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How-to

Apartment Hacks: A Guide to Saving Money and Time

It’s week six now. If this is your first year in your new apartment, you’ve had at least two monthly rent due dates pass, as well as the majority of your midterms. On top of this, you’ve had to do all the other things you’ve always had to do: homework, reading, extracurricular activities, volunteering, hanging out with friends and most importantly, watching Netflix. There’s also the very real possibility you don’t even have a couch yet.

Apartment life is harsh. It can be cruel. The relentless churn of monthly bills and rent payments, the never-ending mess (made worse by your messy roommate’s existence), the relative social isolation compared to the Hill. What’s an apartment-dweller to do? Here at Mojo, we understand your struggle. Money is tight. Extra time is nonexistent. Here is a handy-dandy guide with some apartment hacks to make your life a little easier.

Groceries and other basic purchases

  • Check out the Smart & Final weekly circular. It offers deals on basic groceries such as meat and produce.
  • Invest in a Costco membership card, either by yourself or with your friends and roommates, assuming at least one person has a car. Costco is great for bulk items like paper towels, toilet paper and groceries you use a lot of. (Emphasis is on “a lot.”)
  • Use Google Shopping Express. (It only offers dry goods; no fresh dairy, meat or produce.) There is a three-month trial with free delivery, and it generally delivers to your door within about 24 hours. This is especially efficient for heavier things, such as bags of rice or flour – both a time- and money-saver. Google Shopping Express offers many different items from different stores, including Costco and Smart & Final. It’s also useful for other items, though its selection may be limited.
  • If you only want to stay in Westwood and shop at Trader Joe’s, Ralphs or Target, be sure to keep a general idea of where to go between the three stores for specific items at their cheapest price. In other works, check and compare prices between Trader Joe’s, Ralphs and Target because these stores are so close to each other! Trader Joe’s, for example, has cheaper bags of lemons than Ralphs – last time I checked, Trader Joe’s had a pound of lemons for a dollar and cents and Ralph’s was selling lemons for $4. Pro tip: Go with some friends who also need to do some grocery shopping and just split it up. Once you have a general idea of what’s cheapest where, you’ll always know you’ll be saving the most money on what you need.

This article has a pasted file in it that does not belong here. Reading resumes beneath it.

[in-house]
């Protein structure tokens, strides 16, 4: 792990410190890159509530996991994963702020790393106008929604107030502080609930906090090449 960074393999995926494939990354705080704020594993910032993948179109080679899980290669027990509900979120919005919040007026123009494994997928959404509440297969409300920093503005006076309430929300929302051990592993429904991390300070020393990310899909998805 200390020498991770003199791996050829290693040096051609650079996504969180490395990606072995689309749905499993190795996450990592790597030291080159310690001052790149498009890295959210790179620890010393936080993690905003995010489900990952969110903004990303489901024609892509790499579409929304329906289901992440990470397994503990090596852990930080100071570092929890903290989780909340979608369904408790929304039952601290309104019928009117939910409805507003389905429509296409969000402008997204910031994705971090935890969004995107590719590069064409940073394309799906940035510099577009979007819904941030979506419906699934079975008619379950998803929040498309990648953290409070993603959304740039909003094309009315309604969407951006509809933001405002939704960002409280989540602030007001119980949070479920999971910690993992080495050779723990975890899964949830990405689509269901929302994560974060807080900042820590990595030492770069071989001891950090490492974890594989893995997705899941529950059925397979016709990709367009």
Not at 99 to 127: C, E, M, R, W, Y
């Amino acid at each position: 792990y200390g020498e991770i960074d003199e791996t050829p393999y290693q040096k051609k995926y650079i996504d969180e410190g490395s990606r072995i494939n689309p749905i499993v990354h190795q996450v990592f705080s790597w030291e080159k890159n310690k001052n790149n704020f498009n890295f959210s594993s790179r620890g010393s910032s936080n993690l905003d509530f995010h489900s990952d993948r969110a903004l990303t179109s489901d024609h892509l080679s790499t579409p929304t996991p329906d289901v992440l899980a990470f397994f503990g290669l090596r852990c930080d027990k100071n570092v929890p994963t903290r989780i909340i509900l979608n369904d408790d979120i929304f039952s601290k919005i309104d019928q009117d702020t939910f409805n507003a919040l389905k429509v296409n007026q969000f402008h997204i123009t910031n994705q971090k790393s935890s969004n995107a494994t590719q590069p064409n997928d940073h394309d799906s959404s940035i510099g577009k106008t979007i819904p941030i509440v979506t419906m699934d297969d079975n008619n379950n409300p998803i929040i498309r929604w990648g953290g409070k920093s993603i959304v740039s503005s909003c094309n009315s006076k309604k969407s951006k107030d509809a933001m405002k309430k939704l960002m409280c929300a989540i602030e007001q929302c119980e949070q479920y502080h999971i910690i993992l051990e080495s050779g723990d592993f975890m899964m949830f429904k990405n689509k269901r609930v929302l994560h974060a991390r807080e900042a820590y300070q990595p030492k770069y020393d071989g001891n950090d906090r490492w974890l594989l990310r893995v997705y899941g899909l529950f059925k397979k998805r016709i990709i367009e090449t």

• If you’re looking for specialty or ethnic foods, Ralphs is almost always a rip-off. Try looking for stores further away or online to get your box of Japanese curry, kimchi or whatever. Nijiya Market on Sawtelle Boulevard is much cheaper for curry boxes, for example, and Korean red chili paste can be bought off Amazon.
  • Make a monthly grocery budget. Save your receipts for a month and figure out how much you’re spending on groceries so you can figure out what’s necessary and what you can do without. You’ll be amazed by the final number.

Cooking

  • Make an off-day a “bulk cooking” day. Whenever you have an uninterrupted two hours, make bulk foods like stir-fry and pasta salads so you can survive the rest of your busy week/month/life (until it runs out, I guess). You can also experiment with freezing bulk portions of foods, so buying freezer bags or Tupperware is a great add-on to this bulk-cooking technique.
  • Separate frozen meats into single portions, cut onions and other vegetables in bulk and refrigerate ahead of time. This speaks to the usual evening when you’re exhausted but still need to cook dinner, and you haven’t even defrosted your chicken breasts that are stuck in a hunk of other chicken breasts.
  • Cook “one-pot dinners” or similar dish-efficient meals. Plenty of recipes online are targeted at busy people who don’t like cooking food that results in 1,093,230,982 dirty dishes, not counting the final plate and silverware you’re eating off. Try making these, and figure out the best way to minimize the dishes you need to do.

Cleaning

  • If you live with other people (which you most likely do), you’ve probably figured out an efficient way to delegate cleaning responsibilities to everyone. While cleaning may be a drag, figure out the best, quickest way to complete your chores. Once you do that, buy appropriate cleaning supplies in bulk, and your chores will be a lot quicker and easier.